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 Do LED Lights Really Save Money?

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tomorrowark Posted - 09/01/2011 : 9:30:20 PM
At my home, the most used lamps are CFLs(Compact Fluorescent Lamp). It usually cost around $5. The ad said thelamps have long service lift and them are energy saving.

I am not sure about energy saving. How can I check this?

But one thing I am sure is that they are not really have long service life.Usually less than one year, I would need to replace them.

So I am wondering whether I should try some LED lights. Do they really saving money?
30   L A T E S T    R E P L I E S    (Newest First)
Saqibsaeed Posted - 03/09/2020 : 02:03:21 AM
LED and CFL use different technologies. In CFL, argon and mercury vapors used inside glass tubes that through vapors whicg creates visible light. In LED alternates currents with a positive and negative charge quickly to generate energy in the form of light. An LED generates immediate light that also is dimmable, while a CFL must warm up for a few seconds before reaching its brightest level. led bulb will cost $3-$4 for a standard bulb or sometimes less. 10 watt LED buld does the same work as compoared o 60-watt incandescent bulb. This would be money saving.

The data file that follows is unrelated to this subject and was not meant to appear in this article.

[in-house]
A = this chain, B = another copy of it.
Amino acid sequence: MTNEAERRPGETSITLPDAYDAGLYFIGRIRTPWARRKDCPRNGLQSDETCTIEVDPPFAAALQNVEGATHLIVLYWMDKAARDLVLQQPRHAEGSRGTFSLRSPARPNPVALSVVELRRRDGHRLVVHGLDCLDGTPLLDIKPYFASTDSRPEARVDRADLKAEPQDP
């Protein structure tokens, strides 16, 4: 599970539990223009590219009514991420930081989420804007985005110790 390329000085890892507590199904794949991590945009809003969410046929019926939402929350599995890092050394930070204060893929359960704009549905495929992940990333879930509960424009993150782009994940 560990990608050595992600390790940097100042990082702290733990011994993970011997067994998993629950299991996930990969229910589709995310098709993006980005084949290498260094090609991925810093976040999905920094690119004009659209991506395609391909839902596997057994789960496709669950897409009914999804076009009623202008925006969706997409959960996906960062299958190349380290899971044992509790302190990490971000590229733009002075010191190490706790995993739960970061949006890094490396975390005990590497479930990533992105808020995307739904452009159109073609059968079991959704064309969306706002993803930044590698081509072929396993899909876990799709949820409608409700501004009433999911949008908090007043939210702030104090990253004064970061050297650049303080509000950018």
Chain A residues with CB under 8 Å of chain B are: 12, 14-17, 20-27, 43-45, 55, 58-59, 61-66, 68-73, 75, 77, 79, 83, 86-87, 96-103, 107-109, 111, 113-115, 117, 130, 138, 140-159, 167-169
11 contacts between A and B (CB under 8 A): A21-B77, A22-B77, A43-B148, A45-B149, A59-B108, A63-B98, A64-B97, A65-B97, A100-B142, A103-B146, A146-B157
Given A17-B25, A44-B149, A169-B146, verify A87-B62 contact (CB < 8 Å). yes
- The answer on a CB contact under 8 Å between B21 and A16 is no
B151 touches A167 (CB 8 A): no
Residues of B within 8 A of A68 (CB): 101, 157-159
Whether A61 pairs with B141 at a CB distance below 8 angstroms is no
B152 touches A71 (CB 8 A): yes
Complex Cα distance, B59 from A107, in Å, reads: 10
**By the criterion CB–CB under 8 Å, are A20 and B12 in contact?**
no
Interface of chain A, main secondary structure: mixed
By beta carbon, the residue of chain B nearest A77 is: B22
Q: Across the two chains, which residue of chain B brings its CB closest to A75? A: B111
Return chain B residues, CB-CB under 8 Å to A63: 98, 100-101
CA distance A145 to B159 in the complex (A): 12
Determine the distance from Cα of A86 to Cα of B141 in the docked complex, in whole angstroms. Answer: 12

BLH Posted - 02/04/2020 : 03:17:33 AM
One of the opener manufacturers. Sells LED bulbs that where tested to work properly in their openers.
dynamoleddisplays Posted - 02/04/2020 : 02:43:57 AM
This is somewhat OT however I've had negative involvement in LED lights this part end of the week. Purchased 2 lights from costco to introduce into carport entryway opener. Appeared to work yet when on, they would meddle with RF and the remote entryway opener quit working. What's more, BTW, CFL lights won't turn on in a similar opener. It's astounding how these new cutting edge arrangements aren't intended to work with anything besides fundamental arrangements.
MichaelCarter259 Posted - 11/01/2018 : 8:34:02 PM
LED costs more at purchase, but lasts longer. CFLs are cheaper, but if broken become not so convenient very fast. Other people decide that CFL lighting is closer to what they're used to and therefore choose these bulbs to replace incandescent bulbs.
ayazfudugo1 Posted - 06/07/2018 : 05:41:35 AM
No doubt, not only LED light consume less energy but also have many benefits:
1. Energy Efficient
2. Long life
3. Durability
4. No UV Emission
5. Good brightness
Lucy Posted - 08/24/2017 : 12:48:38 AM
Led Lamps may be the light of the future. In my experience led lights save more energy than CFLs.
You may try some led lights with brands.
wickrush Posted - 05/29/2017 : 07:58:21 AM
yes Led lights saves money, that's why we changed all our light bulbs at home
coolfinancer Posted - 05/27/2017 : 10:02:40 PM
LEDs emit light in a specific direction, reducing the need for reflectors and diffusers that can trap light. This feature makes LEDs more efficient for many uses such as recessed downlights and task lighting.
davidram517 Posted - 04/28/2017 : 9:21:22 PM